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Little help from consumer affairs

We have been asked to list this comment by a site visitor who describes his experience in trying to get his money back after 'buying an expensive trading program.' He warns that "The Department of Fair Trading will not get involved in such cases because the item that was purchased is used to make a profit and thus cannot be classified as for personal non-business use."

Get-poor-quick software

by Bina Brown, contract writer to ASIC,  published in The Australian 7/8/1999

For $7500 or more you can buy share portfolio software which is supposed to enable you to control thousands of dollars for "merely five minutes of your time and a few mouse clicks."

"It doesn’t come much easier," the sales pitch of one product continues. Maybe not, but more than one purchaser is wondering if they could lose $7500 any quicker.

First the amount of money you control depends largely on how much you put into the market in the first place. Second, if you use the information the package gives to create and track graphs, it takes more than five minutes to make a decision.

Most of these programs use technical analysis methods to measure market behaviour. They then generate buy and sell signals based on current and historical share pricing. It is supposed to indicate to you after you have entered opening and closing share price data from the Australian Stock Exchange, when to buy and sell particular securities. They are particularly attractive to short term traders.

Mark X (Not his real name) claims to have spent hours setting up and downloading data from the ASX into one system every day since September (There is the five minutes per day theory gone.) Based on the data he has entered, in this case the opening and closing of the Top 150 stocks, each day he downloads recommendations generated by the software of up to 20 stocks he should buy that day.

The program then suggests he contact his broker, show them the recommendations and acquire the shares. Marks says that in 10 months the system has not picked one share that he would have bought in that time for short-term trading purposes.

Looking at some of the recommendations, you probably wouldn’t have either. On May 21, it said buy Alpha Health at 33c. They were then trading at 33.5c; they are now at 29c. On June 11, buy Alkane at 20c. They are were trading at 20c; they are now at 16c. One June 28, buy Resolute at 72c. They were trading at 74c; they are now at 66c.

The list goes on. There are a few winners, but nothing compared to the losers. And that was in a rising market. You have to ask why would you pay thousands of dollars for recommendations that you are then supposed to take to a broker. Why not go straight to the broker?

Mark’s package sounds very similar to Market Wizards, now in receivership, which claimed its software could pick winning options plays. Unfortunately its occasional winning recommendations was far outweighed by its large number of loss-making recommendations. This also cost $7500, for software that, according to a seasoned trader, was based on fairly straightforward technical analysis, the tools for which are available at a fraction of the cost and often free. Perhaps the company’s demise tells the story.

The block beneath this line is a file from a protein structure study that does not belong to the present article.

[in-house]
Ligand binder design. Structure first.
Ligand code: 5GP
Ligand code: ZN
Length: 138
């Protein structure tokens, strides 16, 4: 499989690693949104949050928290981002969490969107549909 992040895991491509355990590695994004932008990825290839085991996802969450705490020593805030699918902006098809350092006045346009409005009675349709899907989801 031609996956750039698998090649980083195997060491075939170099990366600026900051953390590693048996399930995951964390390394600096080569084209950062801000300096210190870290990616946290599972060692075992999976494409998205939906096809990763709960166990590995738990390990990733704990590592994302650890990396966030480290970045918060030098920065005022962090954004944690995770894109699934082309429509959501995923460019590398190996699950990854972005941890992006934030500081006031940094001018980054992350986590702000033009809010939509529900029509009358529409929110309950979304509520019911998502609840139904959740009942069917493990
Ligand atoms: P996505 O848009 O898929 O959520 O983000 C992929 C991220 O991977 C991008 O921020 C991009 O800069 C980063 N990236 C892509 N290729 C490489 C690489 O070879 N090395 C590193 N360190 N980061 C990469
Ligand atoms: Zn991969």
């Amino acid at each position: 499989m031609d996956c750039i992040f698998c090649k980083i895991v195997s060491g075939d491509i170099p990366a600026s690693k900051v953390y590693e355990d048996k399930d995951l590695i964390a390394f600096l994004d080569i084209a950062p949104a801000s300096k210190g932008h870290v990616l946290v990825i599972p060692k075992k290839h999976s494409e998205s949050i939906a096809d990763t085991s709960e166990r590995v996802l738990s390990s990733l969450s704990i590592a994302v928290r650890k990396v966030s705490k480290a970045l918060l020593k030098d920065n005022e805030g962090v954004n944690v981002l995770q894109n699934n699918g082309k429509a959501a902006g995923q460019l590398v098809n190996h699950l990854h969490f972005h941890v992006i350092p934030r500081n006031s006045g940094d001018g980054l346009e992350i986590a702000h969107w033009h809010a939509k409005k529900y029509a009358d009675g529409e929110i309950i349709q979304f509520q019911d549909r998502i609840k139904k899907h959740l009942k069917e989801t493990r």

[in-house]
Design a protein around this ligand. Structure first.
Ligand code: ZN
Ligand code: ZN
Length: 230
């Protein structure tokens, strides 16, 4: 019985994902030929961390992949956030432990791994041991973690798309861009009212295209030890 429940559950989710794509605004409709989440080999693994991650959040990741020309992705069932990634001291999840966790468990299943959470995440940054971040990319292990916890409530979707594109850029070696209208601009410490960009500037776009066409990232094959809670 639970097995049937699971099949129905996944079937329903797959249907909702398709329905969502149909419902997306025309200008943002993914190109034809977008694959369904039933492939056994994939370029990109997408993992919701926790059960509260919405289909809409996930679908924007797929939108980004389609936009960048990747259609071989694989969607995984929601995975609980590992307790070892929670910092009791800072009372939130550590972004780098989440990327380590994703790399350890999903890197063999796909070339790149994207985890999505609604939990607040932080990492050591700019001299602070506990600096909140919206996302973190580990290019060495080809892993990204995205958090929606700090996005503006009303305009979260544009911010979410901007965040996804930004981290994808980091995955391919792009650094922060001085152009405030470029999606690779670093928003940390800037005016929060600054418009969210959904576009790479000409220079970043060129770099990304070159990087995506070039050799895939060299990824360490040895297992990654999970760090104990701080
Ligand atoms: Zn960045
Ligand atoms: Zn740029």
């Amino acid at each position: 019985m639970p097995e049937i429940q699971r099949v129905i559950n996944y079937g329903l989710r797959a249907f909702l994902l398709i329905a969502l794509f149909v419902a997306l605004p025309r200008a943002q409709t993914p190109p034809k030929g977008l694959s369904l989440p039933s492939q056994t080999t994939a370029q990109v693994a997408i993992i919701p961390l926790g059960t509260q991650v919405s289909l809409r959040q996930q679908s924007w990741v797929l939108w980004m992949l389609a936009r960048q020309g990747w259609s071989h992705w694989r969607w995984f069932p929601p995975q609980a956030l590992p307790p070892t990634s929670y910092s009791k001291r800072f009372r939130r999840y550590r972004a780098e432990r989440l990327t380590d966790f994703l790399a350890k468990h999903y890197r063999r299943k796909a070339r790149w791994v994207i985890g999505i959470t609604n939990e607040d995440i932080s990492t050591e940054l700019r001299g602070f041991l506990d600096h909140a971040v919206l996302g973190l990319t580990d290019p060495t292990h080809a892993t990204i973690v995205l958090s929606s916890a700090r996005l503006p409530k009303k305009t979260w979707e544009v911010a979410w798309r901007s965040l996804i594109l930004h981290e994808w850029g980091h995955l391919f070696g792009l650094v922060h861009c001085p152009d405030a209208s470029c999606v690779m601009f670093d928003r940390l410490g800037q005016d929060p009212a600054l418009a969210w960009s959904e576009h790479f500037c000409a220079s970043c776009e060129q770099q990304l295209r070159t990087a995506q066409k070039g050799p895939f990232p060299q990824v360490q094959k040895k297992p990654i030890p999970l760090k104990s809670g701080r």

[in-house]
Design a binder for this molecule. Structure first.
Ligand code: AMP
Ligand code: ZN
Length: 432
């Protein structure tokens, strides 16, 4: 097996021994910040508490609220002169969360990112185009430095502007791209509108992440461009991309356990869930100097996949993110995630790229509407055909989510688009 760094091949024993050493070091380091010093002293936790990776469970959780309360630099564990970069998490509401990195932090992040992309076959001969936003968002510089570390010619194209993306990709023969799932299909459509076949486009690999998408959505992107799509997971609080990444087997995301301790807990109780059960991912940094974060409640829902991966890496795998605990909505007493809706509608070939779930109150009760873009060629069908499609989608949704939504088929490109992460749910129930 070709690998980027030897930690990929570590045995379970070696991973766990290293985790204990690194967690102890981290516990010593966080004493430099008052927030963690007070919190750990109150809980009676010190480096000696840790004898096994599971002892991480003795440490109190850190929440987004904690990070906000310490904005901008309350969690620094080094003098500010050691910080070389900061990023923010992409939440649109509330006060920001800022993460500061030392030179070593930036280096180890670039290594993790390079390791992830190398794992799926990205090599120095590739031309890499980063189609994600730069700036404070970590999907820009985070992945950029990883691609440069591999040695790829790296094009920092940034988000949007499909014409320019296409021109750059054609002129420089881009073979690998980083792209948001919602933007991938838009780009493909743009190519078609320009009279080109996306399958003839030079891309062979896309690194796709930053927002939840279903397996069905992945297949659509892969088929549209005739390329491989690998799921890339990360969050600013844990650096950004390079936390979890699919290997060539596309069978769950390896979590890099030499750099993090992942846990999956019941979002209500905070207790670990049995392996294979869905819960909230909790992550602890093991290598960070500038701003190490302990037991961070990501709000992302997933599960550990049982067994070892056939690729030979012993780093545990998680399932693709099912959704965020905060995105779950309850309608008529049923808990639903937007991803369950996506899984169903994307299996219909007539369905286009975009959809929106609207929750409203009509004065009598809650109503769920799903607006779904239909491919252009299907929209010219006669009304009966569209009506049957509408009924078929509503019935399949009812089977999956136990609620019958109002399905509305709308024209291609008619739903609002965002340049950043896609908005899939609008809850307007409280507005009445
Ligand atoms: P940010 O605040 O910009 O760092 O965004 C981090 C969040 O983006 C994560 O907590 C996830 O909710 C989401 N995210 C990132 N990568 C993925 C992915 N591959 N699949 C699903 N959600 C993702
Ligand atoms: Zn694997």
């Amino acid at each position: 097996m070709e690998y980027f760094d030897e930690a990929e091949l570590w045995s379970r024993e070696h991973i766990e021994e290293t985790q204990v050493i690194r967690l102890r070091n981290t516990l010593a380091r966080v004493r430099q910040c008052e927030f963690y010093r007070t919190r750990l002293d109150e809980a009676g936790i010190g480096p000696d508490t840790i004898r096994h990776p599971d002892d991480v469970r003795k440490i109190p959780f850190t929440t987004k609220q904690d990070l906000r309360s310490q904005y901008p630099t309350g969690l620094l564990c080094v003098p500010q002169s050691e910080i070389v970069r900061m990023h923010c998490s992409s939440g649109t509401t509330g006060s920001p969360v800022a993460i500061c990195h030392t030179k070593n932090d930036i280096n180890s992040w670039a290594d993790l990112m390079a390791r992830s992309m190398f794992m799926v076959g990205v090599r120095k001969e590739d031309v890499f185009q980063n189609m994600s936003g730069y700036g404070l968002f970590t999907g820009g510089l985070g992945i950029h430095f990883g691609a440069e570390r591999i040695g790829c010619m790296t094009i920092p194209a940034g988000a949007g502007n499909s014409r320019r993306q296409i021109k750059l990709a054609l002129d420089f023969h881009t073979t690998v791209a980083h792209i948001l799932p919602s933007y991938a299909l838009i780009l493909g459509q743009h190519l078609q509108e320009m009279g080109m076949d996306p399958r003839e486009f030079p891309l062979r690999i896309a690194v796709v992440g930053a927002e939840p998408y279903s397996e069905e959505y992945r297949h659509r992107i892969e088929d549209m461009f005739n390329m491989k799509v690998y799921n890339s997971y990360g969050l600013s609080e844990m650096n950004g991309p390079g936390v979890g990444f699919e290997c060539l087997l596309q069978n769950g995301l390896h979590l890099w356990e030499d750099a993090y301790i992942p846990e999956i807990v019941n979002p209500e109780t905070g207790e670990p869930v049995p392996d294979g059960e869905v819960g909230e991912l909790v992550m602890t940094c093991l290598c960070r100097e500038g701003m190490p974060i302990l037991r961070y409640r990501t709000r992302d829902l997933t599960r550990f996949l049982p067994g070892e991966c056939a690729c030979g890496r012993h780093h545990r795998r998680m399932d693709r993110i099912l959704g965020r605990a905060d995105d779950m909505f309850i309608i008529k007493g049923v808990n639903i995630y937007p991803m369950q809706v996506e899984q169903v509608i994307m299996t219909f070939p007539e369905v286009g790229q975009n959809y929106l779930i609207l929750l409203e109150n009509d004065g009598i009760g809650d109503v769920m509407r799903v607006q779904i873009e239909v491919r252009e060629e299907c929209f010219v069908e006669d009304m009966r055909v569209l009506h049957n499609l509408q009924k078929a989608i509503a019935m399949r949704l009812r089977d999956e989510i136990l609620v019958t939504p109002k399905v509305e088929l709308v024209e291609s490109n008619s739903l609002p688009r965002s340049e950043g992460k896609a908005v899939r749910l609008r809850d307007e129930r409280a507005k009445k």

At least one of these distributors is using an interesting sales technique to hook customers. It puts you in touch with people who swear by the product and claim to have made a lot of money from it. But since Mark X parted with his $7500 he has been unable to contact that other lucky customer.

[MR 98/77]

This is the text of the ASC warning on computer investment programs


The ASC today issued a warning for people to be careful if they buy computer programs which are marketed as an easy means of making money by trading in shares, derivatives, options and futures.

The ASC recently took action to stop some of these computer programs being marketed because the promoters were not licensed investment advisers.
The programs are in breach of the Corporations Law because they appear to give unlicensed investment advice and don't just provide factual information, but claim to interpret data using formulae and guidelines and give users advice or recommendations on investments.
A main feature of many of these software programs is the claim that they can make predictions about likely movements in prices of shares, derivatives or futures, by analysing historical data using mathematical formulae. Some programs even suggest when the user should buy or sell.
Many promoters claim their programs can help investors become successful traders and earn high returns with minimal risk.
These software packages are frequently advertised in newspapers and specialist investment magazines and are promoted as a system designed to educate people to trade in various markets.
People should look out for programs which include these features:

  • buy or sell triggers;
  • claims that the program will make users successful traders;
  • promises of high returns over a short period;
  • examples of reputed profits made by the promoter following the recommendations made by the program; and
  • high initial cost and requires the payment of ongoing fees for information to be updated.

Under the Corporations Law people giving investment advice must be licensed.

The ASC warned people who are thinking of buying these programs to check with the ASC by telephoning the ASC Infoline on 1300 300 630, to find out whether the designer and distributor are licensed to give investment advice.

For further information contact: John Pinkerton, Director Operations, ASC Regional Office (NSW), ph (02) 9911 2331